Sarah Mervosh, an education reporter for The Times, discusses the apparent shift to a culture in which school feels optional.

Guest: Sarah Mervosh, an education reporter for The New York Times.

Background reading: 

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Ronna McDaniel’s time at NBC was short. The former Republican National Committee chairwoman was hired as an on-air political commentator but released just days later after an on-air revolt by the network’s leading stars.

Jim Rutenberg, a writer at large for The Times, discusses the saga and what it might reveal about the state of television news heading into the 2024 presidential race.

Guest: Jim Rutenberg, a writer at large for The ...

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March 30, 2024 41 mins

Maybe you have an idea in your head about what it was like to work at Guantánamo, one of the most notorious prisons in the world. Think again.

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Warning: this episode contains descriptions of violence.

It’s been nearly six months since the Hamas-led attacks on Israel, when militants took more than 200 hostages into Gaza.

In a village called Nir Oz, near the border, one quarter of residents were either killed or taken hostage. Yocheved Lifshitz and her husband, Oded Lifshitz, were among those taken.

Today, Yocheved and her daughter Sharone tell their story.

Guest: 

  • Yocheved L...
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Over the past few years, Donald Trump’s social media platform, Truth Social, has been dismissed as a money-losing boondoggle.

This week, that all changed. Matthew Goldstein, a New York Times business reporter, explains how its parent venture, Truth Media, became a publicly traded company worth billions of dollars.

Guest: Matthew Goldstein, a New York Times business reporter.

Background reading: 

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Against all odds and expectations, Speaker Mike Johnson keeps managing to fund the government, inflame the far right of his party — and hold on to his job.

Catie Edmondson, a congressional correspondent for The Times, explains why it might be Democrats who come to his rescue.

Guest: Catie Edmondson, a congressional correspondent for The New York Times.

Background reading: 

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March 26, 2024 27 mins

Last week, the Justice Department took aim at Apple, accusing the company of violating competition laws with practices intended to keep customers reliant on their iPhones.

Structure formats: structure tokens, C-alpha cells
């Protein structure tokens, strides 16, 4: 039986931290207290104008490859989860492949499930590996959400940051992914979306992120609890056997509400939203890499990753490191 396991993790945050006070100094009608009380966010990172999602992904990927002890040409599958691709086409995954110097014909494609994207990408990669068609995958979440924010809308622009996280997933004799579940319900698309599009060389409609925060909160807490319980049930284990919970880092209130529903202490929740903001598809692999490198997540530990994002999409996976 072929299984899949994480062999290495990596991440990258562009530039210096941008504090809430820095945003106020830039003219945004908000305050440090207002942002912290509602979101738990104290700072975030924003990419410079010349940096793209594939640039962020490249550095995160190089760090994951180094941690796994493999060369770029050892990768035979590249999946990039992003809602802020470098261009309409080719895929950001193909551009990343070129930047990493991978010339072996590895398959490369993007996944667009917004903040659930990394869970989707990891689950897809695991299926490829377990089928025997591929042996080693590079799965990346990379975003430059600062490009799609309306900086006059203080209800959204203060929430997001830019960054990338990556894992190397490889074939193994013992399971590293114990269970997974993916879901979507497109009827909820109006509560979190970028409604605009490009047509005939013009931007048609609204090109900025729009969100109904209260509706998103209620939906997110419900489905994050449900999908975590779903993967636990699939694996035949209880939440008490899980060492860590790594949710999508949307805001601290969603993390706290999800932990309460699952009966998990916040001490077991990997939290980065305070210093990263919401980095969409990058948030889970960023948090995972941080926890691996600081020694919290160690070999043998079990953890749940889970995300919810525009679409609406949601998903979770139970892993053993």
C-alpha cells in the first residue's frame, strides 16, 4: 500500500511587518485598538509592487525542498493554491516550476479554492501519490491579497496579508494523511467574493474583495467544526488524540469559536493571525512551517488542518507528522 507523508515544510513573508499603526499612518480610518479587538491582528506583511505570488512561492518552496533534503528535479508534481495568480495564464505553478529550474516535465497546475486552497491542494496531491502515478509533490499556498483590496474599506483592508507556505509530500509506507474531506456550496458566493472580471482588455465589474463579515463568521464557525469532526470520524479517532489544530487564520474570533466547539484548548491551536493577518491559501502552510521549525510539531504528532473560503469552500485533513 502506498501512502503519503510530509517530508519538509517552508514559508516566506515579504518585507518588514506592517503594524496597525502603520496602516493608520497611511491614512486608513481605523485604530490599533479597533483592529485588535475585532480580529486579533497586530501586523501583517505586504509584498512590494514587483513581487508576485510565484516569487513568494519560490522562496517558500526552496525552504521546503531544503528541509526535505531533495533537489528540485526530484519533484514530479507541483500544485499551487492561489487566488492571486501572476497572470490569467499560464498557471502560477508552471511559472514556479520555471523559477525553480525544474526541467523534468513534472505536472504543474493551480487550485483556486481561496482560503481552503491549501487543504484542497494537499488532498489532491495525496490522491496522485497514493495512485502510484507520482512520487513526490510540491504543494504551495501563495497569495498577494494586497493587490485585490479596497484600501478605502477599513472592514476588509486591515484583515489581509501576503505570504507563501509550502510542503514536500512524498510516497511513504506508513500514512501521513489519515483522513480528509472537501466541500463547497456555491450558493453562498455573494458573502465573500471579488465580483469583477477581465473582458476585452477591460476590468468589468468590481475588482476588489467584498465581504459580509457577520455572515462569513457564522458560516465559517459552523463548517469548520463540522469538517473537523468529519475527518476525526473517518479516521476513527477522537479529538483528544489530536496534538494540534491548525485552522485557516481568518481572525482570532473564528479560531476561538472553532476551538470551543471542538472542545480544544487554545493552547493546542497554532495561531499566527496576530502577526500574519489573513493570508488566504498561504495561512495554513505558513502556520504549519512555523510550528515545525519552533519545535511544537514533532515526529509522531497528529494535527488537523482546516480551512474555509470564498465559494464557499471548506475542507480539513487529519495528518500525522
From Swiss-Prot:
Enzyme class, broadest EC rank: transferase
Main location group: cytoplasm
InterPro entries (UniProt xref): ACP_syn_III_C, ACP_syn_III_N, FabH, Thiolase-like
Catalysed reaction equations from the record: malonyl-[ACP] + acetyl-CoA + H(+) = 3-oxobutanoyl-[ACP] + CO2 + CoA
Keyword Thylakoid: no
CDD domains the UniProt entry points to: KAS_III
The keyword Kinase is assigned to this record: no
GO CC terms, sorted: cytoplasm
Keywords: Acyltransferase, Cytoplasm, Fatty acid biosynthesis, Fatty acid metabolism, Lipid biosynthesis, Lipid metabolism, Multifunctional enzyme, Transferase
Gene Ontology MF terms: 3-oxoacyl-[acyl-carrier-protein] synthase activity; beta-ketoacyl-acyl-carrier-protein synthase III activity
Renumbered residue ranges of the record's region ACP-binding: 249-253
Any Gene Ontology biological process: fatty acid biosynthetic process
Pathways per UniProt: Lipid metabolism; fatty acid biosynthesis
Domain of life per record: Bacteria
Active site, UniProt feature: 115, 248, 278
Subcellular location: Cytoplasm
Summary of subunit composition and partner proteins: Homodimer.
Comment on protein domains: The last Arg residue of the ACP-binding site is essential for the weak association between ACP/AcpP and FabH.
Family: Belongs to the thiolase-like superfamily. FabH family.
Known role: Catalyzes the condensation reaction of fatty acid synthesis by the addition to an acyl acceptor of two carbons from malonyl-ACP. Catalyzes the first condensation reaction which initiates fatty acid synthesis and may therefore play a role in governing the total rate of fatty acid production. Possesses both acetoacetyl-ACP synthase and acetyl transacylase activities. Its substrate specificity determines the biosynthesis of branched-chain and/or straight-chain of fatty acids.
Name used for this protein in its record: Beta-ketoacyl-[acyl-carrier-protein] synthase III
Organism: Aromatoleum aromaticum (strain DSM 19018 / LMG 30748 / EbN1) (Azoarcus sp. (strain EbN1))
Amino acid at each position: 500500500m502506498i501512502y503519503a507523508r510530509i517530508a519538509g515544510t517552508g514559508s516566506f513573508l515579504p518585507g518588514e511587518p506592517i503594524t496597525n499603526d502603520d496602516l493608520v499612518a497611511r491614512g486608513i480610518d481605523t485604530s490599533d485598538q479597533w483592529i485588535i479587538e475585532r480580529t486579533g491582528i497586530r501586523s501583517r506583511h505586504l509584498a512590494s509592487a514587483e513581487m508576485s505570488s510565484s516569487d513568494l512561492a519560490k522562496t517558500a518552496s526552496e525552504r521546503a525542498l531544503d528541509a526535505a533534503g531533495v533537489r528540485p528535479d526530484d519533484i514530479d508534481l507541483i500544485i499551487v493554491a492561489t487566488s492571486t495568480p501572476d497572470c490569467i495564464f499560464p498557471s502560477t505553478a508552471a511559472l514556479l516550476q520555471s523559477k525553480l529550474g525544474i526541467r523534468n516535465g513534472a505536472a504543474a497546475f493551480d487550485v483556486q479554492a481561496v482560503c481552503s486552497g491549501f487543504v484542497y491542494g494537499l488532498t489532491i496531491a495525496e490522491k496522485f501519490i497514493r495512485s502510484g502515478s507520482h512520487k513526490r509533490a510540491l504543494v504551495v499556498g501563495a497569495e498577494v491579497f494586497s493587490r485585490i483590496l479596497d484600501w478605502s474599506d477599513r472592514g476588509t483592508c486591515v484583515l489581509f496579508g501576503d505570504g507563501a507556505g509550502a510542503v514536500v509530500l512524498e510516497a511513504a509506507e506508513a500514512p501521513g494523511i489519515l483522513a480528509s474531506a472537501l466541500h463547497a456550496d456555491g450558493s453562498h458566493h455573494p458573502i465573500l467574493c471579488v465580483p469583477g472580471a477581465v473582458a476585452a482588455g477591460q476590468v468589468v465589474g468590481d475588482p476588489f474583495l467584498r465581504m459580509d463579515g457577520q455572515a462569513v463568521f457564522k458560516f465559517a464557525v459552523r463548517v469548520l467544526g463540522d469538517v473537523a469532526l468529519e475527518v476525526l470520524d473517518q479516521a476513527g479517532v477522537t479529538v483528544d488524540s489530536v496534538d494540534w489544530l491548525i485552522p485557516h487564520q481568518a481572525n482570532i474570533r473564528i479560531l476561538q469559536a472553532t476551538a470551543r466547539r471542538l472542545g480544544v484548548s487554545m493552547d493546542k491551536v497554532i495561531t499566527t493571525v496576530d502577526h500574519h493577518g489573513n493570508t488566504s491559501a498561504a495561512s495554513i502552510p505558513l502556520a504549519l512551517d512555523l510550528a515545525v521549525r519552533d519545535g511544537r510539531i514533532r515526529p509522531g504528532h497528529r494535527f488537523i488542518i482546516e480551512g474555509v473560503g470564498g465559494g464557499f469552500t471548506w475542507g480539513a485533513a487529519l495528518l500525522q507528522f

David McCabe, who covers technology policy for The Times, discusses the latest and most sweeping antimonopoly case against a titan of Silicon Valley.

Guest: David McCabe, who covers technology policy for The New York Times.

Background reading: 

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March 25, 2024 25 mins

Warning: this episode contains descriptions of violence.

More than a hundred people died and scores more were wounded on Friday night in a terrorist attack on a concert hall near Moscow — the deadliest such attack in Russia in decades.

Anton Troianovski, the Moscow bureau chief for The Times, discusses the uncomfortable question the assault raises for Russia’s president, Vladimir V. Putin: Has his focus on the war in Ukraine left his...

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By the time Sam Apple pulled up with his goldendoodle, Steve, to their resting place, he was tired from the long drive and already second-guessing his plan. He felt a little better when they stepped inside the Dogwood Acres Pet Retreat. The lobby, with its elegant tiled entrance, might have passed for the lobby of any small countryside hotel, at least one that strongly favored dog-themed decor. But this illusion was broken when the...

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In a pointed speech from the Senate floor this month, the majority leader, Chuck Schumer, called for Israel to hold a new election and for voters to oust the prime minister, Benjamin Netanyahu.

Soon after, Annie Karni, a congressional correspondent for the Times, sat down with Mr. Schumer to understand why he did it.

Guest: Annie Karni, a congressional correspondent for The New York Times.

Background reading: 

  • Mr. Schumer, America’...
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March 21, 2024 27 mins

This year, the star of college basketball is Caitlin Clark, a woman who is changing everything about the game — from the way it’s played, to its economics, to who is watching.

Matt Flegenheimer, a profile writer for The Times, discusses Clark’s extraordinary impact.

Guest: Matt Flegenheimer, who writes in-depth profiles for The New York Times.

Background reading: 

  • Her fiery competitiveness, no-look passes and 3-point bombs have mad...